Thursday, January 21, 2016

Reassessing Thomas Mann's Latin America Policy

Thomas Tunstall Allcock, "Becoming 'Mr. America': Thomas C. Mann Reconsidered." Diplomatic History 38, 5 (2014): 1017-1045.


This article provides a new perspective on Thomas C. Mann, a Foreign Service officer best known for serving as Lyndon Johnson’s assistant secretary of state for inter-American affairs and coordinator of the Alliance for Progress. Mann is commonly portrayed as unsympathetic toward aiding Latin American development, often accused of dismantling John F. Kennedy’s idealistic aid initiative, the Alliance for Progress, supporting repressive regimes, and vigorously promoting U.S. private investment throughout the hemisphere. By focusing on Mann’s early career, up to and including the Kennedy–Johnson transition, this article seeks to undermine the common image of Mann, revealing instead a dedicated Latin Americanist who consistently advocated aiding hemispheric development. A more accurate understanding of Thomas Mann can provide a starting point for rethinking assessments of the Alliance for Progress, a crucial presidential transition, and Lyndon Johnson’s Latin American record.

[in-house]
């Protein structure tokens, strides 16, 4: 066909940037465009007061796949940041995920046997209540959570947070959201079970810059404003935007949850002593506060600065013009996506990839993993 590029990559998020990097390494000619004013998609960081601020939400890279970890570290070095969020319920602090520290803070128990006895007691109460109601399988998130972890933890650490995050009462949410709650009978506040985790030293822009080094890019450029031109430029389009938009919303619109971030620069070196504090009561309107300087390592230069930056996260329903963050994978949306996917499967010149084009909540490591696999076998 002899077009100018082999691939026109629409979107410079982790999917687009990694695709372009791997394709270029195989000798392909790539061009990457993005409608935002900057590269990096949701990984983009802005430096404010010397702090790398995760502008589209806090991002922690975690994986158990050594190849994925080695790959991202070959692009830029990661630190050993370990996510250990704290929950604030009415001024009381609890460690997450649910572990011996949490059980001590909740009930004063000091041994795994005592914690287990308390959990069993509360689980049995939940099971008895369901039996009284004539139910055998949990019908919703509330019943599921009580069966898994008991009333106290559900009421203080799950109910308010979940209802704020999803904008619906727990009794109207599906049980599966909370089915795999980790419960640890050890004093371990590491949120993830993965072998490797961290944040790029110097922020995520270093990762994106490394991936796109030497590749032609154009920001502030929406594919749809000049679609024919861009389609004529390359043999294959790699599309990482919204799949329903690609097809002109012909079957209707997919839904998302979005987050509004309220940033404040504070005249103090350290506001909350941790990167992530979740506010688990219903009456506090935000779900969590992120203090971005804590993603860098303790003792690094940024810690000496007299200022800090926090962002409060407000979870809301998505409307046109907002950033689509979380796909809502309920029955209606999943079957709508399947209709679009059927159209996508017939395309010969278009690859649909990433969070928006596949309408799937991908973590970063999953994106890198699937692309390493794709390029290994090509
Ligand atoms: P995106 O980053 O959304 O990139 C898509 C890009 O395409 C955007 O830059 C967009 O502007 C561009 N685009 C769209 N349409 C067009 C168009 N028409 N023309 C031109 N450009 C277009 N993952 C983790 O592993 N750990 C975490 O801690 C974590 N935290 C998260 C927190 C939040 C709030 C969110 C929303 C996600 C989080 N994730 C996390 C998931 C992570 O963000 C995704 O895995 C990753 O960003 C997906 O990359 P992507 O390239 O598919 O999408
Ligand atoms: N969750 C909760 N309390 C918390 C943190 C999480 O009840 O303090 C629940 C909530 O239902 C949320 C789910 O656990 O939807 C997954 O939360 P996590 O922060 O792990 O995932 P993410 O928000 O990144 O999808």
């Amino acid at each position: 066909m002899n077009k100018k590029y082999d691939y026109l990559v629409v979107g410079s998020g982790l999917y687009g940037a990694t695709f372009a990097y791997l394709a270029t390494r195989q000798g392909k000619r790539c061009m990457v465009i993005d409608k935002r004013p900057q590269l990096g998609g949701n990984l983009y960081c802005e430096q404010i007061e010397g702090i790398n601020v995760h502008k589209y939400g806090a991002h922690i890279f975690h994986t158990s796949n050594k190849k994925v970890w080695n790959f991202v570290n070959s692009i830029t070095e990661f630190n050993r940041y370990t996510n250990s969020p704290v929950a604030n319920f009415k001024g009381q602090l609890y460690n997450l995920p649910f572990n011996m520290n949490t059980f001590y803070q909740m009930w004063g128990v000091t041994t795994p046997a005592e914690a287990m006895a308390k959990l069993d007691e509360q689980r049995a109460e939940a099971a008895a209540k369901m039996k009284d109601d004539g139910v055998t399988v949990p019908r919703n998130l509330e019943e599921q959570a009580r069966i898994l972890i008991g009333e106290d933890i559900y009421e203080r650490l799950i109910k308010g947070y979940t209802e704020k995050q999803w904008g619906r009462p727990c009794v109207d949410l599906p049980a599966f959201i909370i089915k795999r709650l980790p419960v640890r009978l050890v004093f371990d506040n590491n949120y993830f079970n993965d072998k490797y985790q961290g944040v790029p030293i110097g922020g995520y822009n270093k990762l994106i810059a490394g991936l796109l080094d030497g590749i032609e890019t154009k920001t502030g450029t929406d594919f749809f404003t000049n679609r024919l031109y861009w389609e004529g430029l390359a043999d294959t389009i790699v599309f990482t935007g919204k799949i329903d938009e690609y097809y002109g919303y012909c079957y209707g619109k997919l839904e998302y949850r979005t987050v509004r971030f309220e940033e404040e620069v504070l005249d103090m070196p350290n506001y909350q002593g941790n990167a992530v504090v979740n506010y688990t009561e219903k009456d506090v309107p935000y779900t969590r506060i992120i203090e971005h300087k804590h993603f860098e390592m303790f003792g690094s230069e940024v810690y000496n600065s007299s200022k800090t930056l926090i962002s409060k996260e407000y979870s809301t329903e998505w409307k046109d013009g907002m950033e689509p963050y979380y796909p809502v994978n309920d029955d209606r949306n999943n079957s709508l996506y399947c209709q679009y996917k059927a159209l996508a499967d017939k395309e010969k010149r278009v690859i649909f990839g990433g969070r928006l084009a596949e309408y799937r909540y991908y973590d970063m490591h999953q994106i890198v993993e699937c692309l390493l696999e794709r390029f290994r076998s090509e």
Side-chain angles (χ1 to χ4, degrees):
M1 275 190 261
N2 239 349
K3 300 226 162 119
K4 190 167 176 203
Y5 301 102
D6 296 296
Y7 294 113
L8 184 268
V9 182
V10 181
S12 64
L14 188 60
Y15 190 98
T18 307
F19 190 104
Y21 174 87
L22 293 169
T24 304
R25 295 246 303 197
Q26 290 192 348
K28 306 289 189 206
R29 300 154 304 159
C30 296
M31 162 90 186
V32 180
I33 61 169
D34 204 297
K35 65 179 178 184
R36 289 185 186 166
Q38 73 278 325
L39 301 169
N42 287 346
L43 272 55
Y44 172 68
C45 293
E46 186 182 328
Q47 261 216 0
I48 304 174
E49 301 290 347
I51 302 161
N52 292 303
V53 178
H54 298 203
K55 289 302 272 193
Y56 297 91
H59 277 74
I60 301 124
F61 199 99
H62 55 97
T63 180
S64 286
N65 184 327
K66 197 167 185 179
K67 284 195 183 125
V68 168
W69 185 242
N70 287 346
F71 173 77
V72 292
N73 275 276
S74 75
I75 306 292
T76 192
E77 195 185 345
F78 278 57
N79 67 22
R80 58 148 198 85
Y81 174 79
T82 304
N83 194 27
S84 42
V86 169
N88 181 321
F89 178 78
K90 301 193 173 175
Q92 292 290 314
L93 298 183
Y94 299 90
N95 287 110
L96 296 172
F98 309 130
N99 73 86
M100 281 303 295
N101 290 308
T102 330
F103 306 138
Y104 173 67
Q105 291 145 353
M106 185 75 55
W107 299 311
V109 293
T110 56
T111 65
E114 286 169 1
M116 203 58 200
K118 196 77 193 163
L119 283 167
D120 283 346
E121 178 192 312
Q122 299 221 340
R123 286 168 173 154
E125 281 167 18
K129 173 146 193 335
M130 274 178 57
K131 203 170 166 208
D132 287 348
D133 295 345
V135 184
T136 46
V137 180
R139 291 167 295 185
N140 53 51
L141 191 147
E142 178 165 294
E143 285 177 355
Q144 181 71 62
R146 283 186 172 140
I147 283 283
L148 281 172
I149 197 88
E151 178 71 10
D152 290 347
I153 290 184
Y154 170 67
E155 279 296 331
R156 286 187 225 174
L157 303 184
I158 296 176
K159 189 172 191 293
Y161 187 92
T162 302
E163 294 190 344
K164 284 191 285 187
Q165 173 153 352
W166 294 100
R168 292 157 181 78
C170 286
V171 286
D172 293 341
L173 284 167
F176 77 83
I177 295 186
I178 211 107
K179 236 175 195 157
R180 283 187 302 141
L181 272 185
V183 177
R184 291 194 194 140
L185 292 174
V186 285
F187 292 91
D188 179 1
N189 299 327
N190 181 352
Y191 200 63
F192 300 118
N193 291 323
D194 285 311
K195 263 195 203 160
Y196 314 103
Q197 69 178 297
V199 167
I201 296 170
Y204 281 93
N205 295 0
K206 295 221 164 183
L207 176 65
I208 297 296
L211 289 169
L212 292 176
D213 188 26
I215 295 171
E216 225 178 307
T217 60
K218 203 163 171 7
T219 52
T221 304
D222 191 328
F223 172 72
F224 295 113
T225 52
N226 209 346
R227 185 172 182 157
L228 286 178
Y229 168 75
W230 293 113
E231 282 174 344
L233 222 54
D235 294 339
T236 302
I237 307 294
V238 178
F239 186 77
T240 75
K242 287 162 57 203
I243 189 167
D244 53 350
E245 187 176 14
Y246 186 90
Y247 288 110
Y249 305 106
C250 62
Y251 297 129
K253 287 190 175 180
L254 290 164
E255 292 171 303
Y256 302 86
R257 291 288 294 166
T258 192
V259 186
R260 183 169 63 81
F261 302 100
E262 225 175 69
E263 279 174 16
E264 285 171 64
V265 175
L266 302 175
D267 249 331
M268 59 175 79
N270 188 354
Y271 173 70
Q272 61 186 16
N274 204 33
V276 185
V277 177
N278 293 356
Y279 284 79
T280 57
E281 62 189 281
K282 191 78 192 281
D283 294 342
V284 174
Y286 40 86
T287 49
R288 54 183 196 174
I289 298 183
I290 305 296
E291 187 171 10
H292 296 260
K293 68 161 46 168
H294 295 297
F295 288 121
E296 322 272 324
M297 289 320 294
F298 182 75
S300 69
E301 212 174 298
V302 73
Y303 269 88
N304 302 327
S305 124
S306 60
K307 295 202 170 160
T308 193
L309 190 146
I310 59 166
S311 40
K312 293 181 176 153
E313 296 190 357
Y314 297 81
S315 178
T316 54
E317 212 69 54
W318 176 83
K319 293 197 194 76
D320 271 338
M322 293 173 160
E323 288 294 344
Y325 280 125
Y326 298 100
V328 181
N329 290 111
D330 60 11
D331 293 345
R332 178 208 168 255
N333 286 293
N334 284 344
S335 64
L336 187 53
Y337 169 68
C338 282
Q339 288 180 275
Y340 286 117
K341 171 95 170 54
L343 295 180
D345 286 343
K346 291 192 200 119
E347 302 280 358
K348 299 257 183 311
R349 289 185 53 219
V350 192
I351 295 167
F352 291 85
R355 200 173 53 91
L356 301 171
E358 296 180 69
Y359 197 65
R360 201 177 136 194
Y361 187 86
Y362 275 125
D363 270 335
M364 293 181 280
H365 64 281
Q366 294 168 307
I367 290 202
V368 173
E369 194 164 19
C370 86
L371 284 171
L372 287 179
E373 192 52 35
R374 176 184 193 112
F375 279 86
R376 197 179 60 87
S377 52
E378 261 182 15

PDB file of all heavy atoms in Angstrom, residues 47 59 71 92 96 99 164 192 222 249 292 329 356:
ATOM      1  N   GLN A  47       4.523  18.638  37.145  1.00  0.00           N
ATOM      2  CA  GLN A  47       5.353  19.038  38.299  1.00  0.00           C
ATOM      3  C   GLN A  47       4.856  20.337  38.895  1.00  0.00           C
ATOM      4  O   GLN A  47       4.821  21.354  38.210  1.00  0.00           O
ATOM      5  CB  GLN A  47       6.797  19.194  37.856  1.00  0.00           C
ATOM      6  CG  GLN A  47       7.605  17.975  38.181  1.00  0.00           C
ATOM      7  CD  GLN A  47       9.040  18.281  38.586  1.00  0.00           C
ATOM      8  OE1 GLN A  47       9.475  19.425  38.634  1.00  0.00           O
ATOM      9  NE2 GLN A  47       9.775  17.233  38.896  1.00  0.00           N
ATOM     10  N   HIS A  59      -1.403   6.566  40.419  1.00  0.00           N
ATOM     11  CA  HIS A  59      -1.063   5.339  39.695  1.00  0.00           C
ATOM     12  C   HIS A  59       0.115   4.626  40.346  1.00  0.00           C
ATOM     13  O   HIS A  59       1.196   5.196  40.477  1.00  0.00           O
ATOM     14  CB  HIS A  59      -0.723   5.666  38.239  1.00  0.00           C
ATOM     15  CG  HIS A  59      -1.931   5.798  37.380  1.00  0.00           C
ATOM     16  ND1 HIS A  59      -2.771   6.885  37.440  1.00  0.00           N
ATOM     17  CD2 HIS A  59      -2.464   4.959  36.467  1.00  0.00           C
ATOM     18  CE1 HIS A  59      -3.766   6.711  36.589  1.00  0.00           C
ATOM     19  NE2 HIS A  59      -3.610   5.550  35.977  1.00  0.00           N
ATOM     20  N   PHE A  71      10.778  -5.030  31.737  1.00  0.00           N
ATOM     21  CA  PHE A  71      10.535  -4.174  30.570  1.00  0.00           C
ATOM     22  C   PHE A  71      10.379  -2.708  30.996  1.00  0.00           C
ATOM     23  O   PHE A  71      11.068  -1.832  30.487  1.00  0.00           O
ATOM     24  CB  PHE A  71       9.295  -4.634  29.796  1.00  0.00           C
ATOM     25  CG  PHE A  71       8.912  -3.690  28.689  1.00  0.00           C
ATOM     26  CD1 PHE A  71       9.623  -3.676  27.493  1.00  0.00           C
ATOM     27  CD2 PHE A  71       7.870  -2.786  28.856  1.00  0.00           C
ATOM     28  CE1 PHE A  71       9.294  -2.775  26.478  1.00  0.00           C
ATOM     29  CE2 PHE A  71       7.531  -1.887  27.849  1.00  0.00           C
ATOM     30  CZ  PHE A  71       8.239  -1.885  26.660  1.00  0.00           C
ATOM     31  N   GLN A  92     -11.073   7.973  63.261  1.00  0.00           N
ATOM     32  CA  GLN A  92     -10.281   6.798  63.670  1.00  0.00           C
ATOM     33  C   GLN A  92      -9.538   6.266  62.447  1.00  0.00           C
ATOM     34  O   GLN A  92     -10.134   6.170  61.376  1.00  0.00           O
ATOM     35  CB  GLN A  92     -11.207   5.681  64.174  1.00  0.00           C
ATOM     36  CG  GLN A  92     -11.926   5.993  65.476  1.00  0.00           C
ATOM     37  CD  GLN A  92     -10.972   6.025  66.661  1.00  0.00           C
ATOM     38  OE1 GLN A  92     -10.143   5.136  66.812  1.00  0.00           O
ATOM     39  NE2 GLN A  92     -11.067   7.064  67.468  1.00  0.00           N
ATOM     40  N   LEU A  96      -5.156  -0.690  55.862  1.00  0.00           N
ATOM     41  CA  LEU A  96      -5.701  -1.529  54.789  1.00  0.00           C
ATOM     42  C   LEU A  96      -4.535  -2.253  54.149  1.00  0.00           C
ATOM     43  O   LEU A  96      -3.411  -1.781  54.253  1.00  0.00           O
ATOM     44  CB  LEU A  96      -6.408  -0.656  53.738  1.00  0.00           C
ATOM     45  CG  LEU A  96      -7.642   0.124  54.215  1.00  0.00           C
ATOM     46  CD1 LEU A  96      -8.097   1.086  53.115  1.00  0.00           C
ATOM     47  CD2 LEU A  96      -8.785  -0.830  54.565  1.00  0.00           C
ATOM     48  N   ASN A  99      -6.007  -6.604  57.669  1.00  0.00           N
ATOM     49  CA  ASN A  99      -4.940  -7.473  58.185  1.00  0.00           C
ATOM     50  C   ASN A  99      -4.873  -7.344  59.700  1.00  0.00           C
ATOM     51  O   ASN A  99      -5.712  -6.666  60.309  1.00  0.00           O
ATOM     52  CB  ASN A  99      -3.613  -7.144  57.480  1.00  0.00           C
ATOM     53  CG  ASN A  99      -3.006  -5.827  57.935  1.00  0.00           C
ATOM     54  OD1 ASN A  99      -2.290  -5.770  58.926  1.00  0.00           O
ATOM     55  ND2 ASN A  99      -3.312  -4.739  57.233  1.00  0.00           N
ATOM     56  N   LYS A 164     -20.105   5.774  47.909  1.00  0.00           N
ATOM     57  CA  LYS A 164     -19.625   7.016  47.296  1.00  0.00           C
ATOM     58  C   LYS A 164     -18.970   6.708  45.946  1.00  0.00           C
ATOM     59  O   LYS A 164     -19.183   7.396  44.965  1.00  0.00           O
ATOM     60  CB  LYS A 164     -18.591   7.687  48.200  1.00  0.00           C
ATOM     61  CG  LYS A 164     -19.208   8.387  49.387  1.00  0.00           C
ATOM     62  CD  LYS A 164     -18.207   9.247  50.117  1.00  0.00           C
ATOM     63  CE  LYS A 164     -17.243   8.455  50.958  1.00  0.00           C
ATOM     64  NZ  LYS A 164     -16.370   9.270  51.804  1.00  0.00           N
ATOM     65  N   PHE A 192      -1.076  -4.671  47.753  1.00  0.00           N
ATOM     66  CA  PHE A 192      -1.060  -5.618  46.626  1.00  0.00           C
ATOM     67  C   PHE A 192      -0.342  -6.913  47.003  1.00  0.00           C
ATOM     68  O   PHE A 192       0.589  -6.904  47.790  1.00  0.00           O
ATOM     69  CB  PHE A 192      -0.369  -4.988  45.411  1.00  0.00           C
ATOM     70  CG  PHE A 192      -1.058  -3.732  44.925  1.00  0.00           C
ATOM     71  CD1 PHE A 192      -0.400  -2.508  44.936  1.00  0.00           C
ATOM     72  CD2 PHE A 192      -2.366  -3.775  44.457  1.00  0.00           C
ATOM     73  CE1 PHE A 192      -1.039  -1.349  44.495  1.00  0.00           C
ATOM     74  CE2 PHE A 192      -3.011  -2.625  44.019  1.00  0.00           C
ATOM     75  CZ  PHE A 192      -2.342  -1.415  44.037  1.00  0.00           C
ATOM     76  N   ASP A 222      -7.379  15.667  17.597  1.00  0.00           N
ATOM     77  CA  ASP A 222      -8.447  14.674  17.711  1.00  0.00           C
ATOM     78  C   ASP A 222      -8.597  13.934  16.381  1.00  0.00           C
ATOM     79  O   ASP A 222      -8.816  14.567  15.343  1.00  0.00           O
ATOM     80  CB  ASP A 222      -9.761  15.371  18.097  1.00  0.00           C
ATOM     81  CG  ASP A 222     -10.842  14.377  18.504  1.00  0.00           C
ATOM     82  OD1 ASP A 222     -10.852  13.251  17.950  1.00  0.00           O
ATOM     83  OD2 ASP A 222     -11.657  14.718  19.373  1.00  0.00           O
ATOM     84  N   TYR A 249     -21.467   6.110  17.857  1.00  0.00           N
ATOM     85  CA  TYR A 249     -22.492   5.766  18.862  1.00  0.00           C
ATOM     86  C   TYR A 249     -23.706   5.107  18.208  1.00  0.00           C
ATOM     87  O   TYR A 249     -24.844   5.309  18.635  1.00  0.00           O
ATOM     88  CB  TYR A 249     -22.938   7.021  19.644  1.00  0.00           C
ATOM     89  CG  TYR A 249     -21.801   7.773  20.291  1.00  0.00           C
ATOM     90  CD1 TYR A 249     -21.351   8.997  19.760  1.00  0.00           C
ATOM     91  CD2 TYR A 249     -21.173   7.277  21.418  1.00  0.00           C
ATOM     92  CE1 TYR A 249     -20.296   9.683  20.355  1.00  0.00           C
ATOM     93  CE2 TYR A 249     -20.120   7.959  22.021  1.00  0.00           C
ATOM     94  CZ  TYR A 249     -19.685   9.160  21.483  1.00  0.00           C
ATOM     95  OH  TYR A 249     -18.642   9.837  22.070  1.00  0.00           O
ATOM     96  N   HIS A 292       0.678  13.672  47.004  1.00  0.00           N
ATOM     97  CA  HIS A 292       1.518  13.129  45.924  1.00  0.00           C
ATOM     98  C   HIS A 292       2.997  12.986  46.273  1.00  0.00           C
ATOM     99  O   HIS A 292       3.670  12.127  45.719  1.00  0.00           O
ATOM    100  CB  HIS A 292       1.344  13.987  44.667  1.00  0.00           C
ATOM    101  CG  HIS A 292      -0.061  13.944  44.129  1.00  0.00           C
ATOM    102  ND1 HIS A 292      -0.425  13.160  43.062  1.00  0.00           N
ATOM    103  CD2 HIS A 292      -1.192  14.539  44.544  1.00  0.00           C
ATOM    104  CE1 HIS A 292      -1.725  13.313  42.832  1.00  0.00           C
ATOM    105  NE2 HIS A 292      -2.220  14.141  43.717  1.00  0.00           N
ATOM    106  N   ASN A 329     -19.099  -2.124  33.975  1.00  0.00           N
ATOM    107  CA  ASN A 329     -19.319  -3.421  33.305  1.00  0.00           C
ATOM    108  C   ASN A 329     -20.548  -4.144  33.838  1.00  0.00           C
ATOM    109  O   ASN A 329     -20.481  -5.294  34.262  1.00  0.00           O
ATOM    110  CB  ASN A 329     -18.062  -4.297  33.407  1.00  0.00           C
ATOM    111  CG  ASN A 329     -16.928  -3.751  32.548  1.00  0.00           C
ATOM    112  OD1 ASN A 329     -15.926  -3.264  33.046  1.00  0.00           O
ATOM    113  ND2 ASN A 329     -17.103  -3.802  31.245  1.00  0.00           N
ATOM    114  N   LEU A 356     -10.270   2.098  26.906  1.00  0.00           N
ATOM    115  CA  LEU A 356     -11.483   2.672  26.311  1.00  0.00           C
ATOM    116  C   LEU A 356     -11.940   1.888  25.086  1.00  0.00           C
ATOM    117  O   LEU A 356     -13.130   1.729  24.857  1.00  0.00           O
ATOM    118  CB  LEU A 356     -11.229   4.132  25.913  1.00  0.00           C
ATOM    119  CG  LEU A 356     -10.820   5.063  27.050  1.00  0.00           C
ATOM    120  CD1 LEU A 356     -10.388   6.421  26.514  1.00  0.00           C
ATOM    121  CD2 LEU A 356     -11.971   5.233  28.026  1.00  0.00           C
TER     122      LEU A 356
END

This article caught my eye. Mann is universally criticized, including by me in my textbook, as anti-democratic and friendly toward dictators in Latin America. Allcock places Mann within the context of the tension between LBJ and Kennedy advisors:

Misjudging the depth of the antipathy toward him, Mann failed to pay sufficient lip-service to the more unrealistic promises of the Alliance, leading to the creation of the “Mann Doctrine” and reinforcing the view that he sought a dramatic shift in the U.S. approach to dealing with rest of the hemisphere. What was for Mann a simple statement of U.S. goals, the Mann Doctrine would cement his new reputation and the narrative of the presidential transition.

Allcock points out that Mann assured LBJ that his words were taken out of context, that he was being attacked unfairly, and that he had clearly expressed support for democracy in Latin America. In general, he argues, Mann was not good at political maneuvering and actually had a stronger commitment to non-intervention than generally assumed.

Interesting narrative. It's always fun to get long-held assumptions challenged.


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